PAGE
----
The Supreme Court unanimously reversed the Sixth Circuit in Sheriff v. Gillie, Docket No. 15-338, holding that letters sent on the Ohio Attorney General’s letterhead by private debt collectors are neither deceptive nor misleading. While we are still digesting the opinion as to its long-term import, here are our initial impressions:
In Sheriff, the Ohio Attorney General appointed private law firms as “special counsel” to collect debt on the state’s behalf. When communicating with the debtors, the Ohio Attorney General required special counsel to use letterhead with the Attorney General’s Office logo and Attorney General’s name on it. Concerning each of the letters in question, the signature block identified the private attorney by name and address and included the designation “special” or “outside” counsel to the State Attorney General. Moreover, each letter included a statement that identified the communication as coming from a debt collector for the purpose of collecting a debt. The consumers contended the letters were deceptive and misleading attempts to collect consumer debts and violated the FDCPA.
The District Court granted summary judgment in favor of the debt collectors, holding that special counsel were officers of the state of Ohio and therefore covered under § 1692a(6)(C)’s exemption. Gillie v. Law Office of Eric A. Jones, LLC, et al., 37 F.Supp.3d 928 (S.D.O.H. 2014). Further, the Court held that even if the defendants were not exempt from the FDCPA, the statements at issue were not false or misleading. The Sixth Circuit vacated the judgment concluding that special counsel were not exempt as officers of the state and remanded to the district court for trial on whether the use of the letterhead was misleading. Gillie v. Law Office of Eric A. Jones, LLC, et al., 785 F.3d 1091 (6th Cir. 2015).
In the Supreme Court
The defendants’ petition to the Supreme Court posed two issues. First, whether the defendants were exempt from the FDCPA’s coverage as “state officers” and secondly, whether the special counsel’s use of the Attorney General’s letterhead was false or misleading under §1692e. Assuming for argument’s sake that special counsel did not qualify as “state officers” for purposes of the FDCPA, the court held that the use of the Attorney General’s letterhead was not false or misleading and did not violate the FDCPA.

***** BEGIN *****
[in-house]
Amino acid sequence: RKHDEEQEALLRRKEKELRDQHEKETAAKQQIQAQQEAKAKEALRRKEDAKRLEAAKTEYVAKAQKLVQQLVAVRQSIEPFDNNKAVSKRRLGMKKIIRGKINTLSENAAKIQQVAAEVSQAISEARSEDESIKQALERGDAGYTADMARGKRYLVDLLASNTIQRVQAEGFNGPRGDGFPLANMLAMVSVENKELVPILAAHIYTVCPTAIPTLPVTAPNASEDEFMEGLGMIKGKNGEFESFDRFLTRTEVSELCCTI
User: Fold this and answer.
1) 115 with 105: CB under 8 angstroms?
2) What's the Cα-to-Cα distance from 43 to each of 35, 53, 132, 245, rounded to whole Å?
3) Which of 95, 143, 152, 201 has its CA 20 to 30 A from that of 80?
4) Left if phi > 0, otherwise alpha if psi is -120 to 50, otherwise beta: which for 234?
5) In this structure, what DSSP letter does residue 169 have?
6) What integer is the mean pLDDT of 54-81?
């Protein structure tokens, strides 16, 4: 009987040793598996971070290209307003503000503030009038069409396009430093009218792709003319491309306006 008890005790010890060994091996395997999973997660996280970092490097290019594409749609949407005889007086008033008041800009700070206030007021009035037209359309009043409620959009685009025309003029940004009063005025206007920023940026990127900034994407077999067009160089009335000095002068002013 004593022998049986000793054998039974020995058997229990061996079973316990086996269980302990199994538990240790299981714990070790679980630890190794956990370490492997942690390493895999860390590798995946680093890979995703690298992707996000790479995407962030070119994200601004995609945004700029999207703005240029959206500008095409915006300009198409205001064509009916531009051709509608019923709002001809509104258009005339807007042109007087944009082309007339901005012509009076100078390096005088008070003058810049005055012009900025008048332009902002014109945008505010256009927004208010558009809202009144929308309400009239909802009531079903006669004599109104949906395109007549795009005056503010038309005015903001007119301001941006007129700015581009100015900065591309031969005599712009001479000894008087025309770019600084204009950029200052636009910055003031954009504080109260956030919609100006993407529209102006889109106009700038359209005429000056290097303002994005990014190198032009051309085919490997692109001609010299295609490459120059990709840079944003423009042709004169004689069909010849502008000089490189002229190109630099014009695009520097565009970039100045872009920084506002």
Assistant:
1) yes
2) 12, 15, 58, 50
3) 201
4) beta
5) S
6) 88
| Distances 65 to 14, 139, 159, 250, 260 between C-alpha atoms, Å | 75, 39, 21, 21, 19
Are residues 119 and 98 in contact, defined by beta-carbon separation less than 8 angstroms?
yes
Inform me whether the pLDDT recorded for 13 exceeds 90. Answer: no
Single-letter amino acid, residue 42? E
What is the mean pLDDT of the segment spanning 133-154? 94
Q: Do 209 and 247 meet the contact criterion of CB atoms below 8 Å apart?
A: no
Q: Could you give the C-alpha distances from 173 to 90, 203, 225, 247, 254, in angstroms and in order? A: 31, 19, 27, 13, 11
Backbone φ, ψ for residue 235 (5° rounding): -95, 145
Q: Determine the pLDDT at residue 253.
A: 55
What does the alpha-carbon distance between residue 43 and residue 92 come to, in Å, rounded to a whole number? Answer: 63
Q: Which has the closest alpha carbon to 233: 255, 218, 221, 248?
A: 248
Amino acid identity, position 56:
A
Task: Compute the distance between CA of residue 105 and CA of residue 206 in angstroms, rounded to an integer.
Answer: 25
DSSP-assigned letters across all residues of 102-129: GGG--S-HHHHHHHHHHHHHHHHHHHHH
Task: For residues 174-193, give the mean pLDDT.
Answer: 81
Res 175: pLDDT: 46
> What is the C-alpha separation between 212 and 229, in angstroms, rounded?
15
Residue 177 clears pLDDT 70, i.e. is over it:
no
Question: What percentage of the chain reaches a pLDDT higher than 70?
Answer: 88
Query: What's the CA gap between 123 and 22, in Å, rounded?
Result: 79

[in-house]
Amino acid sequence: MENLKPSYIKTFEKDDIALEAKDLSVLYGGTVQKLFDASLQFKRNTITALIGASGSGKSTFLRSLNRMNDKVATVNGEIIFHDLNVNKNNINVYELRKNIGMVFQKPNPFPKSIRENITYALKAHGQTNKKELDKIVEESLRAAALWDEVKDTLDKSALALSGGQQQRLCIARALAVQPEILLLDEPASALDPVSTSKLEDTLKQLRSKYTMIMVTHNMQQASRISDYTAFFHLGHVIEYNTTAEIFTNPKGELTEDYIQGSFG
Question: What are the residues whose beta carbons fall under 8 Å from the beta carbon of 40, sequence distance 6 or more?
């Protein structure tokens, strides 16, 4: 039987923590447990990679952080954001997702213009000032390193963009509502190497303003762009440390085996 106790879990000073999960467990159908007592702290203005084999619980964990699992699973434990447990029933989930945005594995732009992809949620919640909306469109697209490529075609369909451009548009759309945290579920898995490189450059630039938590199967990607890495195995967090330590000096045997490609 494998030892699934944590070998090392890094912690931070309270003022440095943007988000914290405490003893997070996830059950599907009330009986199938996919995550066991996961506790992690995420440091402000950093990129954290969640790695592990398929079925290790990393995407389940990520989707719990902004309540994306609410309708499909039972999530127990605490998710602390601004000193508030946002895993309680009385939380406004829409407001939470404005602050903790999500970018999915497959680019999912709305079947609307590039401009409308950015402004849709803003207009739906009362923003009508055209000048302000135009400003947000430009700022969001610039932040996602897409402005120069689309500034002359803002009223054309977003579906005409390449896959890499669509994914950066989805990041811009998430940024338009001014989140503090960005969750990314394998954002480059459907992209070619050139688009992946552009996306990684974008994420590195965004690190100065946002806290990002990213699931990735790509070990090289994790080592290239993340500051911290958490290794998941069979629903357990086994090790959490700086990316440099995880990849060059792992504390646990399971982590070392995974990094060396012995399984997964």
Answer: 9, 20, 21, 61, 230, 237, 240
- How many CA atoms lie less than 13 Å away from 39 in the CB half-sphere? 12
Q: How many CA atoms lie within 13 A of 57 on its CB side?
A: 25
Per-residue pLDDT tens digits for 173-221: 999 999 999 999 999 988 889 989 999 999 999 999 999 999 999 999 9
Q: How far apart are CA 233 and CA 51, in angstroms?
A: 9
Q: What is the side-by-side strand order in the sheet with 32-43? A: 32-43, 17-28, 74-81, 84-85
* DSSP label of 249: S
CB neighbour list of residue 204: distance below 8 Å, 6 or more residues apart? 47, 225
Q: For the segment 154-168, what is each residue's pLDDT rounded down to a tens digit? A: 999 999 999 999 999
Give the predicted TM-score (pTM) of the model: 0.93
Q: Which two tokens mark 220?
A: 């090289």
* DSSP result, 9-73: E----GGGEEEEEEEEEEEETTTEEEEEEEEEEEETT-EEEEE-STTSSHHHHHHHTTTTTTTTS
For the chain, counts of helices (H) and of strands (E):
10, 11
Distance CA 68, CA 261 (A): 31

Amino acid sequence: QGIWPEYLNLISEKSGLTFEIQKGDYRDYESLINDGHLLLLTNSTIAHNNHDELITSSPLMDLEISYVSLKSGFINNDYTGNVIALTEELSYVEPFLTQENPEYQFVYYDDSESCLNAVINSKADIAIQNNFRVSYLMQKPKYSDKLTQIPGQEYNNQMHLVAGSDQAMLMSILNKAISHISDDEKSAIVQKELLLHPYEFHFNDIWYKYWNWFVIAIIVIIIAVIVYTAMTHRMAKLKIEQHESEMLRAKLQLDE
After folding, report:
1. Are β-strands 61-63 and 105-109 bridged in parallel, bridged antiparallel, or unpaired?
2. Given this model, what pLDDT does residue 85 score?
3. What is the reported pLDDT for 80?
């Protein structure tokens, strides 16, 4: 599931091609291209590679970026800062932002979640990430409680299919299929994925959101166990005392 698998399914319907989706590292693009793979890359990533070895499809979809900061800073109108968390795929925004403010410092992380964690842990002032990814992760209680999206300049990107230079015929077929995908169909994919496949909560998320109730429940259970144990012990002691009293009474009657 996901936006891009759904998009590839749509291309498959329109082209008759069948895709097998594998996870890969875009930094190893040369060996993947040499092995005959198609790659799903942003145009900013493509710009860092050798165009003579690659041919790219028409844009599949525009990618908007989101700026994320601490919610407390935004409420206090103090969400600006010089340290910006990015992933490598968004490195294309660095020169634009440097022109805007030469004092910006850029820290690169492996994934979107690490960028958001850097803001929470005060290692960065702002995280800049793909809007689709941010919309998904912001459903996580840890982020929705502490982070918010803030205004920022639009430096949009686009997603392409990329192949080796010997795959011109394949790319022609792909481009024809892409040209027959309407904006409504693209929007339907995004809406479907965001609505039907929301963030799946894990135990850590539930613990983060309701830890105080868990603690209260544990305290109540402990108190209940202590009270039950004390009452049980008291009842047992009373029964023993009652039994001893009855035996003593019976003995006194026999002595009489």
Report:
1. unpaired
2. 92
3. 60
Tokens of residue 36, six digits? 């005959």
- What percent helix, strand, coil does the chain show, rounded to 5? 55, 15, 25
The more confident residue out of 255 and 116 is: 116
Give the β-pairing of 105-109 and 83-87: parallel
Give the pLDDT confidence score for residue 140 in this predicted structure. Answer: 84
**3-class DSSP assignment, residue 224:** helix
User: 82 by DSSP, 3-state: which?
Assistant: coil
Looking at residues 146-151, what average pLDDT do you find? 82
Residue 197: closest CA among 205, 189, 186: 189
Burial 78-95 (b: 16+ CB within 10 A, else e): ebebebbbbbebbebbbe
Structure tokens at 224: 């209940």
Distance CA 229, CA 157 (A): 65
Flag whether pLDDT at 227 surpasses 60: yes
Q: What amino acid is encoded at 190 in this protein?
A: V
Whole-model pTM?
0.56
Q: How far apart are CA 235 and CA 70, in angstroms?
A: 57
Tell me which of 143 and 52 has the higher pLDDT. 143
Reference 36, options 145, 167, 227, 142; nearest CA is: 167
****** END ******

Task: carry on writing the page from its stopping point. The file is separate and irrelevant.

By jumping to the second issue, the Court’s holding has broader implications that it might not otherwise have had and yet, it does not address the issue we were all hoping to see addressed: the general liability standard for violations of §1692e. Currently, the circuits are split as to the general liability standard for debt communications. The majority of circuits rely on the least sophisticated consumer standard while other circuits have applied an “unsophisticated consumer.” While the Court had the opportunity to adopt a singular test applicable across the circuits, it sidestepped the issue.
Instead, the Court focused on whether the use of the Attorney General’s letterhead at the Attorney General’s direction was false or misleading and specifically, on whether it violated 15 USC §§1692e (9) and (14). Subsection 9 prohibits debt collectors from falsely representing that a communication is “authorized, issued or approved” by a State. Subsection 14 prohibits debt collectors from using a name other than their true name. The Court concluded that the letters did not violate either provision. Since the Attorney General required the use of his letterhead, “[s]pecial counsel create no false impression in doing just what they had been instructed to do. Instead, their use of the Attorney General’s letterhead conveys on whose authority special counsel write to the debtor.” Slip Op. 8-9. Likewise, the Court concluded there was no violation of subsection 14. “Far from misrepresenting special counsel’s identity, letters sent by special counsel accurately identify the office primarily responsible for collection of the debt…special counsel’s affiliation with that office, and the address…to which payment should be sent.” Slip Op. at 9.
The biggest takeaway is what Sheriff did not do. While it tackled the issue with the broadest ramifications (the §1692e issue), it did not address the liability standard and nowhere is there any mention of the “least sophisticated consumer.” Instead, the Court focused solely on the language of subsections 9 and 14 in the context of the underlying facts and whether the letters were, in fact, deceptive or misleading. The Court concluded that not only was the communication accurate but also was dismissive of any contention that the communication was deceptive, describing the letters as “milquetoast.”
The second big takeaway comes from both the opinion and the oral arguments. In both, the Court demonstrates a very practical approach to the FDCPA and does not appear to be inclined to expand liability under the FDCPA to include far-fetched notions of consumer confusion or intimidation. Instead, by keeping its opinion to the narrow issues presented, the Court appears content to focus on the underlying facts and rely upon the four corners of the statute, interpreting the Act in a practical and narrow manner, giving meaning to the Congressional intent of the Act.